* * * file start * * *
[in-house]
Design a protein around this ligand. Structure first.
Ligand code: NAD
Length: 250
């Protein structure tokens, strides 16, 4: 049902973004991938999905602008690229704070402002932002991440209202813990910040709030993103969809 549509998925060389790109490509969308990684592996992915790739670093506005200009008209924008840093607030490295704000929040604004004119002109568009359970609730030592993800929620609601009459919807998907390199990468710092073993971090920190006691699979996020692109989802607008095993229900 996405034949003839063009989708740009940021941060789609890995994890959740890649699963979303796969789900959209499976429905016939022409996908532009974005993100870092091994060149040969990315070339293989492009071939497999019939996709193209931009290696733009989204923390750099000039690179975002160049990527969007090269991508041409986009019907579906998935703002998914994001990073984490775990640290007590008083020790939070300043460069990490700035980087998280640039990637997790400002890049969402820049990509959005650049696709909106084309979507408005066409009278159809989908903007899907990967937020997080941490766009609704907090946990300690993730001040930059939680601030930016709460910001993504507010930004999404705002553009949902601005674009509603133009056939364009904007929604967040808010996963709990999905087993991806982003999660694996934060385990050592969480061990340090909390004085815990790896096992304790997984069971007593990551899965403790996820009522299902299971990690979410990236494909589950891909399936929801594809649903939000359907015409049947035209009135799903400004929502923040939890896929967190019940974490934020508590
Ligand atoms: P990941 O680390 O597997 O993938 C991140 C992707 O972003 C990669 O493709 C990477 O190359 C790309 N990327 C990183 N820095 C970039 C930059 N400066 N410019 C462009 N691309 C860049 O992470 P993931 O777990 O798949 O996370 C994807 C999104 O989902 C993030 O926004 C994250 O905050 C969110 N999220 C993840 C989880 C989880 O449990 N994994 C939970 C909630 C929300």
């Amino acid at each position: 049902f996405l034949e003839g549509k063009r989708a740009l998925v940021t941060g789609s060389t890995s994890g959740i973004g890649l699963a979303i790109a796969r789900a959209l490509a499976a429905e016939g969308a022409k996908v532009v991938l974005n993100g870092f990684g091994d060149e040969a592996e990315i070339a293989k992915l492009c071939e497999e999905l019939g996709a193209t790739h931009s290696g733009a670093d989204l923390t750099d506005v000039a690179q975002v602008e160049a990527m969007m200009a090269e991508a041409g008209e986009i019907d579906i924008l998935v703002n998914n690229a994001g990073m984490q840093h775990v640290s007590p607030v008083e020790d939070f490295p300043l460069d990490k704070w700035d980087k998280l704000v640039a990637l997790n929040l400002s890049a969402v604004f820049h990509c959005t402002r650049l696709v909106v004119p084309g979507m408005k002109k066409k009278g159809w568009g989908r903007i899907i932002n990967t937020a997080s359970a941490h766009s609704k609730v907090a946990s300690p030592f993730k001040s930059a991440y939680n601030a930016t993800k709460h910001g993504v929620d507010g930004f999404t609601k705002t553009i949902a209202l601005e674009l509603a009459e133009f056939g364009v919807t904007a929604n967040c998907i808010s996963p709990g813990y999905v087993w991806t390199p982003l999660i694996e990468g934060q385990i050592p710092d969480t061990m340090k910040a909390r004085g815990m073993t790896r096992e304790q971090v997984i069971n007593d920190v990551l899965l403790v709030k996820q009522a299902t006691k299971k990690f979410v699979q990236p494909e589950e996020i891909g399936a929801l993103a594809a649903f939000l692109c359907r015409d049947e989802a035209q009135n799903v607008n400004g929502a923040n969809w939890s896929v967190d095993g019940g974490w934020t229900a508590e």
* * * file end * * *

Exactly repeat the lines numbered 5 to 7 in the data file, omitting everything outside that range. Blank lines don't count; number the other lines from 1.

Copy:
């Protein structure tokens, strides 16, 4: 049902973004991938999905602008690229704070402002932002991440209202813990910040709030993103969809 549509998925060389790109490509969308990684592996992915790739670093506005200009008209924008840093607030490295704000929040604004004119002109568009359970609730030592993800929620609601009459919807998907390199990468710092073993971090920190006691699979996020692109989802607008095993229900 996405034949003839063009989708740009940021941060789609890995994890959740890649699963979303796969789900959209499976429905016939022409996908532009974005993100870092091994060149040969990315070339293989492009071939497999019939996709193209931009290696733009989204923390750099000039690179975002160049990527969007090269991508041409986009019907579906998935703002998914994001990073984490775990640290007590008083020790939070300043460069990490700035980087998280640039990637997790400002890049969402820049990509959005650049696709909106084309979507408005066409009278159809989908903007899907990967937020997080941490766009609704907090946990300690993730001040930059939680601030930016709460910001993504507010930004999404705002553009949902601005674009509603133009056939364009904007929604967040808010996963709990999905087993991806982003999660694996934060385990050592969480061990340090909390004085815990790896096992304790997984069971007593990551899965403790996820009522299902299971990690979410990236494909589950891909399936929801594809649903939000359907015409049947035209009135799903400004929502923040939890896929967190019940974490934020508590
Ligand atoms: P990941 O680390 O597997 O993938 C991140 C992707 O972003 C990669 O493709 C990477 O190359 C790309 N990327 C990183 N820095 C970039 C930059 N400066 N410019 C462009 N691309 C860049 O992470 P993931 O777990 O798949 O996370 C994807 C999104 O989902 C993030 O926004 C994250 O905050 C969110 N999220 C993840 C989880 C989880 O449990 N994994 C939970 C909630 C929300």
């Amino acid at each position: 049902f996405l034949e003839g549509k063009r989708a740009l998925v940021t941060g789609s060389t890995s994890g959740i973004g890649l699963a979303i790109a796969r789900a959209l490509a499976a429905e016939g969308a022409k996908v532009v991938l974005n993100g870092f990684g091994d060149e040969a592996e990315i070339a293989k992915l492009c071939e497999e999905l019939g996709a193209t790739h931009s290696g733009a670093d989204l923390t750099d506005v000039a690179q975002v602008e160049a990527m969007m200009a090269e991508a041409g008209e986009i019907d579906i924008l998935v703002n998914n690229a994001g990073m984490q840093h775990v640290s007590p607030v008083e020790d939070f490295p300043l460069d990490k704070w700035d980087k998280l704000v640039a990637l997790n929040l400002s890049a969402v604004f820049h990509c959005t402002r650049l696709v909106v004119p084309g979507m408005k002109k066409k009278g159809w568009g989908r903007i899907i932002n990967t937020a997080s359970a941490h766009s609704k609730v907090a946990s300690p030592f993730k001040s930059a991440y939680n601030a930016t993800k709460h910001g993504v929620d507010g930004f999404t609601k705002t553009i949902a209202l601005e674009l509603a009459e133009f056939g364009v919807t904007a929604n967040c998907i808010s996963p709990g813990y999905v087993w991806t390199p982003l999660i694996e990468g934060q385990i050592p710092d969480t061990m340090k910040a909390r004085g815990m073993t790896r096992e304790q971090v997984i069971n007593d920190v990551l899965l403790v709030k996820q009522a299902t006691k299971k990690f979410v699979q990236p494909e589950e996020i891909g399936a929801l993103a594809a649903f939000l692109c359907r015409d049947e989802a035209q009135n799903v607008n400004g929502a923040n969809w939890s896929v967190d095993g019940g974490w934020t229900a508590e």